Inviting a Child to Become a Climate Hero
By Ken Sloane
Ask someone you know, “Whose job is it to save the world from destruction?” The variety of answers may surprise you: Congress, the president, big business, the United Nations, or maybe the Avengers (they’ve done it more than a few times). Rarely will you hear the answer that I think is closest to the truth: “It’s mine.” Unless you are talking to a child or youth.
Yes, when it comes to climate change, the job belongs to all of us, but young people often have the insight to see that many adults have dodged the hard work of this job for way too long. With more years in front of them, our children and teens have often been the ones to lead the way, showing us how we should be good stewards of the planet God entrusted to us.
I discovered a wonderful new book titled Climate Hero Handbook: How Kids Can Defend, Protect, and Restore the Planet by Jennifer Manley Rogers and Jessica Gamaché. It is a wonderful book for kids, beautifully illustrated by Sophie Ann Elliot and organized in a way that is fun, while equipping children and teens for the task of being a climate hero. I found it when I was attending a gathering of staff who work at our United Methodist camping and retreat centers across the U.S. (and Canada). These folks, whose ministry involves nurturing discipleship in places beyond the local church, have the unique opportunity of doing their work in beautiful, natural settings. They bring an appreciation for the beauty and fragility of nature that not only shapes their perspective but also gets passed on to the children, youth, and leaders with whom they work. Jennifer Gamaché, the book’s co-author is the Executive Director of United Methodist Camp and Retreat Ministries, which supports these leaders in their work.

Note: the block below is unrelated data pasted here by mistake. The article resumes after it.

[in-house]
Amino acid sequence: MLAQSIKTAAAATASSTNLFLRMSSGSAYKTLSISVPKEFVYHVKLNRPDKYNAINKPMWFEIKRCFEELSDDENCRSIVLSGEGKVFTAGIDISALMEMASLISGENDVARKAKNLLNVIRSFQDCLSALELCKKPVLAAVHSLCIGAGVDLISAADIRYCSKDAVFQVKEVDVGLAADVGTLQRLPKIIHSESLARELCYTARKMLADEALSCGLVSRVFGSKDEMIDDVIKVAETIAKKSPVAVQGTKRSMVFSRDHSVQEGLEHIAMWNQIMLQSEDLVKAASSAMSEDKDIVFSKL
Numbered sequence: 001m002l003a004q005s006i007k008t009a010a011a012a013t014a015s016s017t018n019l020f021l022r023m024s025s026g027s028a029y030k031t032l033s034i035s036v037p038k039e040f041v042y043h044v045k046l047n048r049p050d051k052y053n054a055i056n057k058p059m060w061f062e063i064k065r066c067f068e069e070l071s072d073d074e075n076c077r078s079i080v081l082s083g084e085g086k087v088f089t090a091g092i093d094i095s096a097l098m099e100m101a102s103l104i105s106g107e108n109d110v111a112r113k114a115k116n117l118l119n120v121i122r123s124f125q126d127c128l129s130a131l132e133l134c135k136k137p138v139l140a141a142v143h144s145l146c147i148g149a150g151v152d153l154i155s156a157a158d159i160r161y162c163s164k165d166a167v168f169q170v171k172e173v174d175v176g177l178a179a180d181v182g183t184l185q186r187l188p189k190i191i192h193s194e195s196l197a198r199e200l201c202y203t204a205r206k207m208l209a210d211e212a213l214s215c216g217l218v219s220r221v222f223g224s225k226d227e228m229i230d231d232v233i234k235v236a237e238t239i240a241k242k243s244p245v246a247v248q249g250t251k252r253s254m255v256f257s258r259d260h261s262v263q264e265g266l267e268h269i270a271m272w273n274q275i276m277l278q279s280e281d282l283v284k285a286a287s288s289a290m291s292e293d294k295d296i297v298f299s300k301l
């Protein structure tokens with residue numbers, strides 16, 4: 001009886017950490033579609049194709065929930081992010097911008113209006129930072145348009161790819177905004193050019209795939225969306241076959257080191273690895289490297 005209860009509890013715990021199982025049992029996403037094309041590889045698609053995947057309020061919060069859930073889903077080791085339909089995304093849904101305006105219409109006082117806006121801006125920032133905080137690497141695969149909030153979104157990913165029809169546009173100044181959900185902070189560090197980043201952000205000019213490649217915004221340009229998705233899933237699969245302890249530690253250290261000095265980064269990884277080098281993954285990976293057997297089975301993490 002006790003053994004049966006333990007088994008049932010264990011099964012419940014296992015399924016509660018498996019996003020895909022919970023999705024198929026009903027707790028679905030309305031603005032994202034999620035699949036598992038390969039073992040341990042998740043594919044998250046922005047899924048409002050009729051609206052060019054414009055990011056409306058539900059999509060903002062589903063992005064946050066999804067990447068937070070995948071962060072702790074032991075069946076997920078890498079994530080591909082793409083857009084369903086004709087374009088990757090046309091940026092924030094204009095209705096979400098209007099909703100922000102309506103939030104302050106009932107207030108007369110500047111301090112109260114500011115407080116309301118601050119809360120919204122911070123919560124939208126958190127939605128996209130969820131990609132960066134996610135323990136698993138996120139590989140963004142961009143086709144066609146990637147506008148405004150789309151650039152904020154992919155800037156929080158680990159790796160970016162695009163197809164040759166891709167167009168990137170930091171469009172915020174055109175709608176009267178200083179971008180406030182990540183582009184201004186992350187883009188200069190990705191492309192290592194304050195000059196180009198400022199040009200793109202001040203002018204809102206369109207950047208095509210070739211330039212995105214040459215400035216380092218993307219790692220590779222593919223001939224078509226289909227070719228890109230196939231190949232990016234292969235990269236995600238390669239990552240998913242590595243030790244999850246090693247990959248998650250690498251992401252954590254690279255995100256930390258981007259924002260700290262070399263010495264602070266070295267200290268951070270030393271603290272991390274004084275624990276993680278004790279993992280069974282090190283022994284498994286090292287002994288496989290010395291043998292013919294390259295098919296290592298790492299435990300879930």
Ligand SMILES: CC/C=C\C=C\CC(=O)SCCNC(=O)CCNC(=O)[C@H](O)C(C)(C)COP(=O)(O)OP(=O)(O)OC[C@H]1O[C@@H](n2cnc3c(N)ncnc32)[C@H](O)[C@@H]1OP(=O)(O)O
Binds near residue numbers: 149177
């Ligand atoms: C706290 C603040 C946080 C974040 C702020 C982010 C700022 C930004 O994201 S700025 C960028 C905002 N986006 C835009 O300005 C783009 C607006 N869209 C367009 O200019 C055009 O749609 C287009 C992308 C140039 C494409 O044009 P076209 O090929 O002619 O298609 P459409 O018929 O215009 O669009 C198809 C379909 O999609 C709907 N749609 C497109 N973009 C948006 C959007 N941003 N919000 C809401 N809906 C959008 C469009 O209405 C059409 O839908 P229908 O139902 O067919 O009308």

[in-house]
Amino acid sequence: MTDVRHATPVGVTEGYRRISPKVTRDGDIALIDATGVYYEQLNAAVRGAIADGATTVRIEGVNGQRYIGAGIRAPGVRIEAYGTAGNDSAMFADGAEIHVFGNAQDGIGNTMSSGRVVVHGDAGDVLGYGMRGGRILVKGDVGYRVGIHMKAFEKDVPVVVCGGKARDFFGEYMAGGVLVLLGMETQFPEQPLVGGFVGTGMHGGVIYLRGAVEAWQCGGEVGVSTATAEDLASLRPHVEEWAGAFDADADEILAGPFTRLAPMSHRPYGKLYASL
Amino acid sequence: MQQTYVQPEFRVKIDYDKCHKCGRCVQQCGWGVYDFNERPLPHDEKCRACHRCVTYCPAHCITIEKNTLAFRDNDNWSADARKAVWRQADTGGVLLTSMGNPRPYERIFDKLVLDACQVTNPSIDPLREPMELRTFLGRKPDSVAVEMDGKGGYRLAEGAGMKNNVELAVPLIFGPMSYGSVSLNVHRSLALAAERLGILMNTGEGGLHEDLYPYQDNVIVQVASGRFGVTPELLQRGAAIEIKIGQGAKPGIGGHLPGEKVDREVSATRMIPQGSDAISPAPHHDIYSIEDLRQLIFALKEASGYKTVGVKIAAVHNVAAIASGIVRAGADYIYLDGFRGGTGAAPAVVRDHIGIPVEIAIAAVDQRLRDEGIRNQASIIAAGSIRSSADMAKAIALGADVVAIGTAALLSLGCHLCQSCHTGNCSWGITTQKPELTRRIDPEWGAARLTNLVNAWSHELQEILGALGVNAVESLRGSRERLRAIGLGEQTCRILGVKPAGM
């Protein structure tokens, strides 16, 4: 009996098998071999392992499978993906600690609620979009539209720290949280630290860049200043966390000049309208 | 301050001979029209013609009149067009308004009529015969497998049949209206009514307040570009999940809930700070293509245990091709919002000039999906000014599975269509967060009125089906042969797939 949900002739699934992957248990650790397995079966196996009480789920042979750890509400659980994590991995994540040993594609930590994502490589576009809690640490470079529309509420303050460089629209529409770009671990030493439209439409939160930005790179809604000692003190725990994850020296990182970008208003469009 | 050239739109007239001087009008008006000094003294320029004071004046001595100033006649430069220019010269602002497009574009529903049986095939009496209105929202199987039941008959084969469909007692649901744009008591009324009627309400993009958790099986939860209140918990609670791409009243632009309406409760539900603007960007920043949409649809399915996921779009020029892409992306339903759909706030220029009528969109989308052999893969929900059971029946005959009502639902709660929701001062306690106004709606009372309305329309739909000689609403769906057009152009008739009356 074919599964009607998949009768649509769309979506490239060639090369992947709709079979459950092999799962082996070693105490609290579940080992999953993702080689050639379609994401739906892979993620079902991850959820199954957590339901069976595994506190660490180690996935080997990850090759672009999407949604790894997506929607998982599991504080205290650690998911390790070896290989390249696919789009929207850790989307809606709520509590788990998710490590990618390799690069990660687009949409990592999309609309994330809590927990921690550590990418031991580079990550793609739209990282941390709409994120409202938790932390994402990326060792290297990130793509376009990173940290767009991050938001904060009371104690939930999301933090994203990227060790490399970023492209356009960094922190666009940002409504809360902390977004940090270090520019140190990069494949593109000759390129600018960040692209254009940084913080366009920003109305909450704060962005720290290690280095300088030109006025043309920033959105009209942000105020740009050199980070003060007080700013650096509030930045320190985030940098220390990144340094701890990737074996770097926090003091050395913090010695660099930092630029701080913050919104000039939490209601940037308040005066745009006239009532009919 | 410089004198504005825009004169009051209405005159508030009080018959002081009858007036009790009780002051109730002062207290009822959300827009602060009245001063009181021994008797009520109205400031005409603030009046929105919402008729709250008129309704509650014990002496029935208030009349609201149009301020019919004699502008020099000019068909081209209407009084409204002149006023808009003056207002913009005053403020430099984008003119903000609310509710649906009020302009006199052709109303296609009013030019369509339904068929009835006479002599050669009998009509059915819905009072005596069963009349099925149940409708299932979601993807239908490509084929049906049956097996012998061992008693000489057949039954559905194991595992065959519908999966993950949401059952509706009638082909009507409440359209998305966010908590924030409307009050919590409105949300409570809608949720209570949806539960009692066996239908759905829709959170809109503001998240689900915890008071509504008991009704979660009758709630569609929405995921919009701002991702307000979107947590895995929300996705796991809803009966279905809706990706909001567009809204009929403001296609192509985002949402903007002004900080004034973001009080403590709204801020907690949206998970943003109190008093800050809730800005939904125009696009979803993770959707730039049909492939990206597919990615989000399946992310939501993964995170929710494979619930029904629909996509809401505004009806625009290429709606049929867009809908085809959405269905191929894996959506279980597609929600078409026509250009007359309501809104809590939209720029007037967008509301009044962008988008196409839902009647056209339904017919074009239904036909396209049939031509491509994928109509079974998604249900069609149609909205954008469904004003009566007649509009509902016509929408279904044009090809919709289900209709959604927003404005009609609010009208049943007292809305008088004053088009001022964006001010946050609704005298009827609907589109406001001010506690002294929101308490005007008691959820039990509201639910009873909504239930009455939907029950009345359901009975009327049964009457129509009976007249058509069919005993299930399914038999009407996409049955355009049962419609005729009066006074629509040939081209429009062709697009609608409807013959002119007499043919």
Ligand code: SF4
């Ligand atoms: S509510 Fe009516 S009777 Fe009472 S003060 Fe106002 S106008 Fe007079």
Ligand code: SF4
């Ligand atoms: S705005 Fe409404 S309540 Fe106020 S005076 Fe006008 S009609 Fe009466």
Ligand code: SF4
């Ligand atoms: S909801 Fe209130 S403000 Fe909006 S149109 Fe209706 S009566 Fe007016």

One of the challenges today is discerning how we pass on to the next generation the values of stewardship, of caring for one another, and caring for the Earth. In addition to being full of exciting learning activities, the Climate Hero Handbook includes a section near the end that is a “Climate Hero Hall of Fame.” The stories there are inspiring. You’ll find Mari Copeny of Flint Michigan, who, at eight years old, wrote a letter to President Barack Obama to ask what was being done about the dirty river near her town that was full of toxins and making the water the people used to drink, cook, bathe, and brush their teeth dangerous and harmful. You’ll also learn about Lesein Mutunkei of Nairobi, Kenya, who saw the pollution and deforestation in his city and started a program called “Trees for Goals.” Every time he scores a goal in football, he plants a tree. His idea caught on with teammates and others, and now more than one thousand trees have been planted as part of the challenge!
Why not lift up the invitation to the young people in your church and your life? Lessening the effects of climate change is something that the Avengers are not going to handle. We need some “climate heroes”!
Climate Hero Handbook is brought to us by the publishing arm of the General Board of Higher Education and Ministry! Cover Image by Sophie Ann Elliot.
Ken Sloane is the Director of Stewardship & Generosity for Discipleship Ministries of The United Methodist Church.